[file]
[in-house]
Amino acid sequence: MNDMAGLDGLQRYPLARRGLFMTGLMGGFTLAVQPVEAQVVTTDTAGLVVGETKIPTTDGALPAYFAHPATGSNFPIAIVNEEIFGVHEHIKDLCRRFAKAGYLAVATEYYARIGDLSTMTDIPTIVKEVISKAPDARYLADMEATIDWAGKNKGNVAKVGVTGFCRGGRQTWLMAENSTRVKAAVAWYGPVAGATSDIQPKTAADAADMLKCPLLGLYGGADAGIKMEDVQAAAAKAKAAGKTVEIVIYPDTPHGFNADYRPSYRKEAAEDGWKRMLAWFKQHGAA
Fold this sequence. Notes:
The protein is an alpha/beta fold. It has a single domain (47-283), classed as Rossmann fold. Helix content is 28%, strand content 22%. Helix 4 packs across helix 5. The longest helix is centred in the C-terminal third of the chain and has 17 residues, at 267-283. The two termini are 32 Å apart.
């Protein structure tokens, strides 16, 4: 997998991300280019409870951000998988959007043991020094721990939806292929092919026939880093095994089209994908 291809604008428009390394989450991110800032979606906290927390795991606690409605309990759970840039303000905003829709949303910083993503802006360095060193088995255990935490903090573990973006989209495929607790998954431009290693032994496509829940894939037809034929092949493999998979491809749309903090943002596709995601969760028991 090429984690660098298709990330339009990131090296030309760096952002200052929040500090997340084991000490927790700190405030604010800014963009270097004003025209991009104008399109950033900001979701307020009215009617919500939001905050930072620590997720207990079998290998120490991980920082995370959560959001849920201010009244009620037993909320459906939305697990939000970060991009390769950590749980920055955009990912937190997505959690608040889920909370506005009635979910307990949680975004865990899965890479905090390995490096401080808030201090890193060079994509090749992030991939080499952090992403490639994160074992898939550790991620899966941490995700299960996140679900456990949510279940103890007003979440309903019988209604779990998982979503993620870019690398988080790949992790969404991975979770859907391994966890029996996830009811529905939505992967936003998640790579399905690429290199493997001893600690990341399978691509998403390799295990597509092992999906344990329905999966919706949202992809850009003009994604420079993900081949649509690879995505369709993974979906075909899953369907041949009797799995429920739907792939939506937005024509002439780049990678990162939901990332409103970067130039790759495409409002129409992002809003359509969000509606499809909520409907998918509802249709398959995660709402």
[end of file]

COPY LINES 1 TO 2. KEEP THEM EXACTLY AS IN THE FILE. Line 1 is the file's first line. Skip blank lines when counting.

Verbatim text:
[in-house]
Amino acid sequence: MNDMAGLDGLQRYPLARRGLFMTGLMGGFTLAVQPVEAQVVTTDTAGLVVGETKIPTTDGALPAYFAHPATGSNFPIAIVNEEIFGVHEHIKDLCRRFAKAGYLAVATEYYARIGDLSTMTDIPTIVKEVISKAPDARYLADMEATIDWAGKNKGNVAKVGVTGFCRGGRQTWLMAENSTRVKAAVAWYGPVAGATSDIQPKTAADAADMLKCPLLGLYGGADAGIKMEDVQAAAAKAKAAGKTVEIVIYPDTPHGFNADYRPSYRKEAAEDGWKRMLAWFKQHGAA